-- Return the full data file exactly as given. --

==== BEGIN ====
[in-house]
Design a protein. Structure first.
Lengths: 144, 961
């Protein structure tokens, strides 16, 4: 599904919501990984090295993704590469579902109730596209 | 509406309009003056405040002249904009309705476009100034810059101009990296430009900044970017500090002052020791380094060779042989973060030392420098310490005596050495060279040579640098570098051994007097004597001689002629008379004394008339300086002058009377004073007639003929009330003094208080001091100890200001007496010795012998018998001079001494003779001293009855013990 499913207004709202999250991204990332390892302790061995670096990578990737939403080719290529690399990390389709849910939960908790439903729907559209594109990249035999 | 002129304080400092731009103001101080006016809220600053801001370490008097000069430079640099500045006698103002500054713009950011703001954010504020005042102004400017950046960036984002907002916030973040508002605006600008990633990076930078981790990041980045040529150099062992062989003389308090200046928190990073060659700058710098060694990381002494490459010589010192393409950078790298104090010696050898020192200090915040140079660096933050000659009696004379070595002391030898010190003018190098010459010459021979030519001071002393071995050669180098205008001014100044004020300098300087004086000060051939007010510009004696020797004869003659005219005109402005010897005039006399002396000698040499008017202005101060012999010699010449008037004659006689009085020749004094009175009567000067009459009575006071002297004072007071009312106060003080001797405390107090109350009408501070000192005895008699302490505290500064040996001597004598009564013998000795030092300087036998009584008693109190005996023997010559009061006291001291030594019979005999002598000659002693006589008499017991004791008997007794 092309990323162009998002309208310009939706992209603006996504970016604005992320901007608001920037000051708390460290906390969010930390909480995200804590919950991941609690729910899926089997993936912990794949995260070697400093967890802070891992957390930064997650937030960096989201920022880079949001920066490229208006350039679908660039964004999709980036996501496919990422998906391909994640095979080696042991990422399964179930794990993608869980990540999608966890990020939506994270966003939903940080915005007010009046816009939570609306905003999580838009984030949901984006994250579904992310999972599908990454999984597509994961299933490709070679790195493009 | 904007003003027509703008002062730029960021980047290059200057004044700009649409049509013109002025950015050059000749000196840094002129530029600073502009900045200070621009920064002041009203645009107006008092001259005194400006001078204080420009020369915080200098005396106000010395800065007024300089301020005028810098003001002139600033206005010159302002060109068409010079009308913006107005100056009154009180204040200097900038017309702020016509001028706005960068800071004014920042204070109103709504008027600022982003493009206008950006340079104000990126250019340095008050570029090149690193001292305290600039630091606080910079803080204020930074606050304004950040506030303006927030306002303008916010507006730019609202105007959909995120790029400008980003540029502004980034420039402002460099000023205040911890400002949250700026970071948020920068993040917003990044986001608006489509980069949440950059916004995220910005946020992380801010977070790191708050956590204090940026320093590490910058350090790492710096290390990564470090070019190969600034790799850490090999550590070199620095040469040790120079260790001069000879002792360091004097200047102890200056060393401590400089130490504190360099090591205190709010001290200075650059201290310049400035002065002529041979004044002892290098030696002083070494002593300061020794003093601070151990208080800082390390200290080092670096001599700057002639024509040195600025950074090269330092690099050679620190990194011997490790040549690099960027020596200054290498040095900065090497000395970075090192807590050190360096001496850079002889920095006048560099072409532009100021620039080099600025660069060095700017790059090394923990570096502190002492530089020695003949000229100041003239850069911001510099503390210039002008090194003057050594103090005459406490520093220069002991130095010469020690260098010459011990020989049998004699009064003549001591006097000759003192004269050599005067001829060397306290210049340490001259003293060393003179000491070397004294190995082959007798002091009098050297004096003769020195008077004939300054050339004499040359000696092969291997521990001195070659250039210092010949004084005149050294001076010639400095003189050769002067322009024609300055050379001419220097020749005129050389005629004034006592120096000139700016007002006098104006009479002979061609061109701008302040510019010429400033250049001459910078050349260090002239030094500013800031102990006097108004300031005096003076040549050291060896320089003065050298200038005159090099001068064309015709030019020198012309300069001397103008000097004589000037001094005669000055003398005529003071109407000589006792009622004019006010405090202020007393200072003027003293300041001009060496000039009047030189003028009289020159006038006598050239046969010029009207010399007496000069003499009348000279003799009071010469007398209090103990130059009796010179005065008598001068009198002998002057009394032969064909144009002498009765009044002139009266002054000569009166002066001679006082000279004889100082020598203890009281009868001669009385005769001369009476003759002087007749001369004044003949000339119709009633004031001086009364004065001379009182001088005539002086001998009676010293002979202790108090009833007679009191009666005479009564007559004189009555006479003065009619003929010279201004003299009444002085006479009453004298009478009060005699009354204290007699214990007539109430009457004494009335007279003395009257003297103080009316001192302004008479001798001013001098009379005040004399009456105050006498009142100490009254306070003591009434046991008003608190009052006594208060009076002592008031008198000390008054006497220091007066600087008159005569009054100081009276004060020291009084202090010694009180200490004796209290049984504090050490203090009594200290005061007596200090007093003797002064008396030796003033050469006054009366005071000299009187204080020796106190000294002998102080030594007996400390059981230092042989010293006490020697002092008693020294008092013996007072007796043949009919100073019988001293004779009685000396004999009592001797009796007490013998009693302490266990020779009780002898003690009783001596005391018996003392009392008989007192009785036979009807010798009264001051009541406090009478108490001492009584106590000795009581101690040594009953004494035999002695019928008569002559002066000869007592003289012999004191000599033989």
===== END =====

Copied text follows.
[in-house]
Design a protein. Structure first.
Lengths: 144, 961
């Protein structure tokens, strides 16, 4: 599904919501990984090295993704590469579902109730596209 | 509406309009003056405040002249904009309705476009100034810059101009990296430009900044970017500090002052020791380094060779042989973060030392420098310490005596050495060279040579640098570098051994007097004597001689002629008379004394008339300086002058009377004073007639003929009330003094208080001091100890200001007496010795012998018998001079001494003779001293009855013990 499913207004709202999250991204990332390892302790061995670096990578990737939403080719290529690399990390389709849910939960908790439903729907559209594109990249035999 | 002129304080400092731009103001101080006016809220600053801001370490008097000069430079640099500045006698103002500054713009950011703001954010504020005042102004400017950046960036984002907002916030973040508002605006600008990633990076930078981790990041980045040529150099062992062989003389308090200046928190990073060659700058710098060694990381002494490459010589010192393409950078790298104090010696050898020192200090915040140079660096933050000659009696004379070595002391030898010190003018190098010459010459021979030519001071002393071995050669180098205008001014100044004020300098300087004086000060051939007010510009004696020797004869003659005219005109402005010897005039006399002396000698040499008017202005101060012999010699010449008037004659006689009085020749004094009175009567000067009459009575006071002297004072007071009312106060003080001797405390107090109350009408501070000192005895008699302490505290500064040996001597004598009564013998000795030092300087036998009584008693109190005996023997010559009061006291001291030594019979005999002598000659002693006589008499017991004791008997007794 092309990323162009998002309208310009939706992209603006996504970016604005992320901007608001920037000051708390460290906390969010930390909480995200804590919950991941609690729910899926089997993936912990794949995260070697400093967890802070891992957390930064997650937030960096989201920022880079949001920066490229208006350039679908660039964004999709980036996501496919990422998906391909994640095979080696042991990422399964179930794990993608869980990540999608966890990020939506994270966003939903940080915005007010009046816009939570609306905003999580838009984030949901984006994250579904992310999972599908990454999984597509994961299933490709070679790195493009 | 904007003003027509703008002062730029960021980047290059200057004044700009649409049509013109002025950015050059000749000196840094002129530029600073502009900045200070621009920064002041009203645009107006008092001259005194400006001078204080420009020369915080200098005396106000010395800065007024300089301020005028810098003001002139600033206005010159302002060109068409010079009308913006107005100056009154009180204040200097900038017309702020016509001028706005960068800071004014920042204070109103709504008027600022982003493009206008950006340079104000990126250019340095008050570029090149690193001292305290600039630091606080910079803080204020930074606050304004950040506030303006927030306002303008916010507006730019609202105007959909995120790029400008980003540029502004980034420039402002460099000023205040911890400002949250700026970071948020920068993040917003990044986001608006489509980069949440950059916004995220910005946020992380801010977070790191708050956590204090940026320093590490910058350090790492710096290390990564470090070019190969600034790799850490090999550590070199620095040469040790120079260790001069000879002792360091004097200047102890200056060393401590400089130490504190360099090591205190709010001290200075650059201290310049400035002065002529041979004044002892290098030696002083070494002593300061020794003093601070151990208080800082390390200290080092670096001599700057002639024509040195600025950074090269330092690099050679620190990194011997490790040549690099960027020596200054290498040095900065090497000395970075090192807590050190360096001496850079002889920095006048560099072409532009100021620039080099600025660069060095700017790059090394923990570096502190002492530089020695003949000229100041003239850069911001510099503390210039002008090194003057050594103090005459406490520093220069002991130095010469020690260098010459011990020989049998004699009064003549001591006097000759003192004269050599005067001829060397306290210049340490001259003293060393003179000491070397004294190995082959007798002091009098050297004096003769020195008077004939300054050339004499040359000696092969291997521990001195070659250039210092010949004084005149050294001076010639400095003189050769002067322009024609300055050379001419220097020749005129050389005629004034006592120096000139700016007002006098104006009479002979061609061109701008302040510019010429400033250049001459910078050349260090002239030094500013800031102990006097108004300031005096003076040549050291060896320089003065050298200038005159090099001068064309015709030019020198012309300069001397103008000097004589000037001094005669000055003398005529003071109407000589006792009622004019006010405090202020007393200072003027003293300041001009060496000039009047030189003028009289020159006038006598050239046969010029009207010399007496000069003499009348000279003799009071010469007398209090103990130059009796010179005065008598001068009198002998002057009394032969064909144009002498009765009044002139009266002054000569009166002066001679006082000279004889100082020598203890009281009868001669009385005769001369009476003759002087007749001369004044003949000339119709009633004031001086009364004065001379009182001088005539002086001998009676010293002979202790108090009833007679009191009666005479009564007559004189009555006479003065009619003929010279201004003299009444002085006479009453004298009478009060005699009354204290007699214990007539109430009457004494009335007279003395009257003297103080009316001192302004008479001798001013001098009379005040004399009456105050006498009142100490009254306070003591009434046991008003608190009052006594208060009076002592008031008198000390008054006497220091007066600087008159005569009054100081009276004060020291009084202090010694009180200490004796209290049984504090050490203090009594200290005061007596200090007093003797002064008396030796003033050469006054009366005071000299009187204080020796106190000294002998102080030594007996400390059981230092042989010293006490020697002092008693020294008092013996007072007796043949009919100073019988001293004779009685000396004999009592001797009796007490013998009693302490266990020779009780002898003690009783001596005391018996003392009392008989007192009785036979009807010798009264001051009541406090009478108490001492009584106590000795009581101690040594009953004494035999002695019928008569002559002066000869007592003289012999004191000599033989």